The power of that would-be celebrity can be reason enough for a person to dine or stay at a particular hotel. The word-of-mouth marketing that ensues from this action alone can enhance a hotel's reputation, increase its cachet and buttress its effort to be a brand rather than a business. That difference is significant because, while there are many businesses, and many very successful ones for that matter, there are only a few brands. Or: The former may be valuable, but the latter is invaluable.

A brand has an emotional connection with current and existing customers - it has an identity in its own right, as individualistic as it is idiosyncratic - where there is loyalty between a hotel and its guests; where there is reciprocity between the two, where one is a recurring visitor - a celebrant of private milestones and public holidays, a friend of all seasons - and the other greets this familiar face with warmth and love; where customs develop, and an unofficial shorthand for everything from meals to the receipt of mementos emerges; where a property's worth is not the sum total of its buildings or grounds, but its renown as a go-to location for travelers throughout the world. All of which begs the question, Can a health and wellness expert enable a hotel to become a brand? In a word: Yes.

A health and wellness expert can accomplish this objective, provided a hotel executive recognizes - provided that persons sees or reads - the financial benefits that accrue from this investment. Look no further, then, at the popularity of high-end spas and retreats, where the focus is exclusively on health and wellness. (A point of qualification: When I refer to a spa I do not mean a single room with a massage table, where the hotel equivalent of Muzak fills the air alongside the smell of scented candles and sundry oils. I write, instead, of a hotel with a visible commitment to health and wellness, from the drinks and snacks in each room, as well as the complimentary assortment of natural and organic food that a guest sees upon first entering his or her room, to the fitness trainers and teachers - the chefs and nutritionists - who offer daily classes about diet, cooking, menu options and meal preparation.)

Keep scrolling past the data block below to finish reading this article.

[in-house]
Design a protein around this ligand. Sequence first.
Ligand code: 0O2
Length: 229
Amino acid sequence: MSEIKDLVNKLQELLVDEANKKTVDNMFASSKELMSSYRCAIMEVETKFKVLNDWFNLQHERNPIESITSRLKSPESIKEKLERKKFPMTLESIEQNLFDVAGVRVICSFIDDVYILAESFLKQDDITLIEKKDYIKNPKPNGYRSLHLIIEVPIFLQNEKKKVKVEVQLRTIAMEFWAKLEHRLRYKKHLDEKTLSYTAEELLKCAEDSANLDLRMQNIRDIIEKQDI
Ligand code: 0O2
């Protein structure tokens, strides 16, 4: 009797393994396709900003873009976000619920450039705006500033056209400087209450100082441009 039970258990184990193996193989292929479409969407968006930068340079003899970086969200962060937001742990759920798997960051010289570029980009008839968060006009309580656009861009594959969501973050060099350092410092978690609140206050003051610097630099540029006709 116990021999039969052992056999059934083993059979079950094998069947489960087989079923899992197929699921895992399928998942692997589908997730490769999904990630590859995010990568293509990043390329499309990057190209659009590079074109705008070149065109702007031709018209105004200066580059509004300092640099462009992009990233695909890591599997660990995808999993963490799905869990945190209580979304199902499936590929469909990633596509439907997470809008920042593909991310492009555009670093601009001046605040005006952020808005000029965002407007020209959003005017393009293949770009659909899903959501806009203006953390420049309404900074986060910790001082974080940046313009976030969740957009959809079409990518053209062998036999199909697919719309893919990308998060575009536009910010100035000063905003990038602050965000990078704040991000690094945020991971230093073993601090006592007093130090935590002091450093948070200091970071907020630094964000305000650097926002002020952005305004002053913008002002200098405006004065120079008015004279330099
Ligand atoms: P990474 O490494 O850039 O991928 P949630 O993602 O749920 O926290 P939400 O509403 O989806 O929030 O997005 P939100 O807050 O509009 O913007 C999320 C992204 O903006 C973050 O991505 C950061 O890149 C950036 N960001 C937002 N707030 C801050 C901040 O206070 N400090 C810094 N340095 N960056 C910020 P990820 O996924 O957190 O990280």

This action is substantially less expensive than, say, renovating a property, condoning off a wing or a series of rooms, or closing for months or even a year, sometimes two years, to revamp a hotel's appearance and its infrastructure. For the greater cost is inaction, passivity amidst demand for a hotel that has an obvious dedication to health and wellness. By consulting with the right expert, by following the counsel of a writer and speaker fluent with these issues, a hotel executive can elevate a property's prestige and appeal to a more influential clientele.

I do not expect this change to happen suddenly or without some degree of difficulty, because the transition from a business to a brand is not without its share of hard work and discipline. Such is the case with health and wellness, since the dividends yield to those willing to withstand the challenges - even the setbacks - on the road to fruition. The same is true of any exercise, be it of the fiscal or physical type, because there is no gain without, if not pain, then considerable labor; there is no victory without toil, tears and sweat.I issue this assertion not to frighten or intimidate the reader, but to honor my duty to inform the recipient of this message; and thus, inspire all readers of this missive - to admonish them, perhaps; to advise them, certainly; to educate them, yes; to encourage them, always.